Tuesday, 29 November

NHIA indebtedness pushing private health facilities to convert into mortuaries

Health News
Health facilities in Ashanti Region being converted into mortuaries

The Ashanti Regional Chairman of the Private Health Facilities Association of Ghana is attributing the rise in the conversion of private health facilities into mortuaries to the shortage of funds that has hit the operations of the National Health Insurance Authority (NHIA).

Mr Fosu Francis said private health facilities have not been paid for claims dated February 2022.

He quickly added that claims for March 2022 have been released but only a few providers have received payments.

He said many of his colleagues are closing their health facilities to operate mortuaries because of the NHIS's indebtedness.

He said some of his colleagues see the mortuary business as more lucrative than offering Out-Patient Department (OPD) services under the NHIA.

He observed that the lack of funds that hit NHIA has contributed to more people dying leading to the new trend of burials being organised on Mondays in the country.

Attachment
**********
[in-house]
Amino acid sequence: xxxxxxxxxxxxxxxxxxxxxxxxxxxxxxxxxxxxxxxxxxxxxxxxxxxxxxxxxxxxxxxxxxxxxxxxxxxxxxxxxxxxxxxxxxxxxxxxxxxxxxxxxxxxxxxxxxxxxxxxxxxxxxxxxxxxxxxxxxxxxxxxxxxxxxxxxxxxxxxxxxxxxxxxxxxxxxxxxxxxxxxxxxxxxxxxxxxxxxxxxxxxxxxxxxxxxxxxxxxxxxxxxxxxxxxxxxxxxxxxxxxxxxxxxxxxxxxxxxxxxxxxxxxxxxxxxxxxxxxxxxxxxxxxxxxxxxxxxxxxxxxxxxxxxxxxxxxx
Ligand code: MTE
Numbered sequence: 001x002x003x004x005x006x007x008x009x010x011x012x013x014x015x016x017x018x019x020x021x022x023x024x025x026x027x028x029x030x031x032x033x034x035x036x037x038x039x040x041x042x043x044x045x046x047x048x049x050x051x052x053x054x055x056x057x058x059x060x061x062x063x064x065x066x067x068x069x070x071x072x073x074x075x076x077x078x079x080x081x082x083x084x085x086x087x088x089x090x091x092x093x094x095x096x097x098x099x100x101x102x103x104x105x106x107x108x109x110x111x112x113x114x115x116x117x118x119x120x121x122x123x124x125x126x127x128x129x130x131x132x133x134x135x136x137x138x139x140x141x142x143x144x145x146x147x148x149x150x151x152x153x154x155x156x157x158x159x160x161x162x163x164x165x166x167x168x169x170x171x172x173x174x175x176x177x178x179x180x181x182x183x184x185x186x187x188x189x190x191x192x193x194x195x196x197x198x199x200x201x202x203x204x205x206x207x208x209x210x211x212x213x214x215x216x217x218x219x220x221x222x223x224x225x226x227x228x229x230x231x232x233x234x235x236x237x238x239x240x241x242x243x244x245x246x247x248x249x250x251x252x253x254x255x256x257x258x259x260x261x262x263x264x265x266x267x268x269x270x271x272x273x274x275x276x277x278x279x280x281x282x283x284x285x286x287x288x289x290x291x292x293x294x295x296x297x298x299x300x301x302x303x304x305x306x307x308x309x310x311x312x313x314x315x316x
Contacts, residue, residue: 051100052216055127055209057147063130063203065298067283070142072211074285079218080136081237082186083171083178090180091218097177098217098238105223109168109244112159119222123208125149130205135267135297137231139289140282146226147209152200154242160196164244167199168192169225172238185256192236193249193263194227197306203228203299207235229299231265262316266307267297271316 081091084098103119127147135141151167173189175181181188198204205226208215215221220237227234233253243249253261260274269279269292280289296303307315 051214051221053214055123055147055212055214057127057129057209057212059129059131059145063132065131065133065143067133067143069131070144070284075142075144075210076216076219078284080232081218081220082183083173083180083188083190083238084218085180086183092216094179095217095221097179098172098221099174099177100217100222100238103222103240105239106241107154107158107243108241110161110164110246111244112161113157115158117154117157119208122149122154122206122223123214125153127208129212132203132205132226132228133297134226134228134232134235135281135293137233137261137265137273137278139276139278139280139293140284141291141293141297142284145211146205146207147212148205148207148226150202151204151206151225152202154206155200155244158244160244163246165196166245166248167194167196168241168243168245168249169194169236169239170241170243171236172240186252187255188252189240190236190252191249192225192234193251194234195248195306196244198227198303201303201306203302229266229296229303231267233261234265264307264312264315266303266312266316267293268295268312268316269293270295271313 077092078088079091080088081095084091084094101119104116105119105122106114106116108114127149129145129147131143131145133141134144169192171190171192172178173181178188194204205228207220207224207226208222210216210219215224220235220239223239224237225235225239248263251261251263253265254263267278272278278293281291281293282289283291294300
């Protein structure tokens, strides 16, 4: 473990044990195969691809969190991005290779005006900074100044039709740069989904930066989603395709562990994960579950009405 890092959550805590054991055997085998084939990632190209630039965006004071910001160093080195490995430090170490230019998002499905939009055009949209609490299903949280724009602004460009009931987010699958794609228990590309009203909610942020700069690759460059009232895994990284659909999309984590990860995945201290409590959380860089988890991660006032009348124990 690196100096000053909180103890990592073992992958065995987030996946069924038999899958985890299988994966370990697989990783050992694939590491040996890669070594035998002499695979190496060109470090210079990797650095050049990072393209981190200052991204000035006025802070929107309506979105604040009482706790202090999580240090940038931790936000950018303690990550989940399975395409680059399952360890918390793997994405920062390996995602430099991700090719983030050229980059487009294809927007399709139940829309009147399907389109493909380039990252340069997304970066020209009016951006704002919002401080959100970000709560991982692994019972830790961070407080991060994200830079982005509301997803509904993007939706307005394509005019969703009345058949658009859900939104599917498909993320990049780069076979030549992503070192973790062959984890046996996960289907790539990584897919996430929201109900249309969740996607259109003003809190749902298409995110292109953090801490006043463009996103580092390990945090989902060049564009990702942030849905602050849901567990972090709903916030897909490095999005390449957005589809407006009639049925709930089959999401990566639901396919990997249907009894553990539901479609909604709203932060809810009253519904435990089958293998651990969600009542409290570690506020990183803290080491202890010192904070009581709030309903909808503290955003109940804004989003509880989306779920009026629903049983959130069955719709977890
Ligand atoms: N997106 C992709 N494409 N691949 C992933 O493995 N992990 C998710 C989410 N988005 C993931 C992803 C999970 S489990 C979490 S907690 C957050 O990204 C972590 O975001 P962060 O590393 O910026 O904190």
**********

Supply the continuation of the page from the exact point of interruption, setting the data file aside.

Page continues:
Mr Ofosu made this revelation while reacting to the National Democratic Congress's (NDC) Ranking Member on the Parliamentary Select Committee on Health Kwabena Mintah Akandoh's assertion that the NHIA is being starved of funds.

He spoke on Accra 100.5 FM's evening news on Wednesday, November 16, 2022.

In recent times, people are being buried on Mondays and Tuesdays when burials are traditionally organised on the weekend. 

"All is not well with the NHIA as the government is paying the 2.5 tax meant for the NHIA into the consolidated fund accounts.

"We need not be here if the payments are directly paid into NHIS," he argued.

He noted that common treatments such as eye and nose cannot be catered for by the NHIA.

This, he said, is happening at some of the teaching hospitals across the country.

Source: Classfmonline.com/cecil Mensah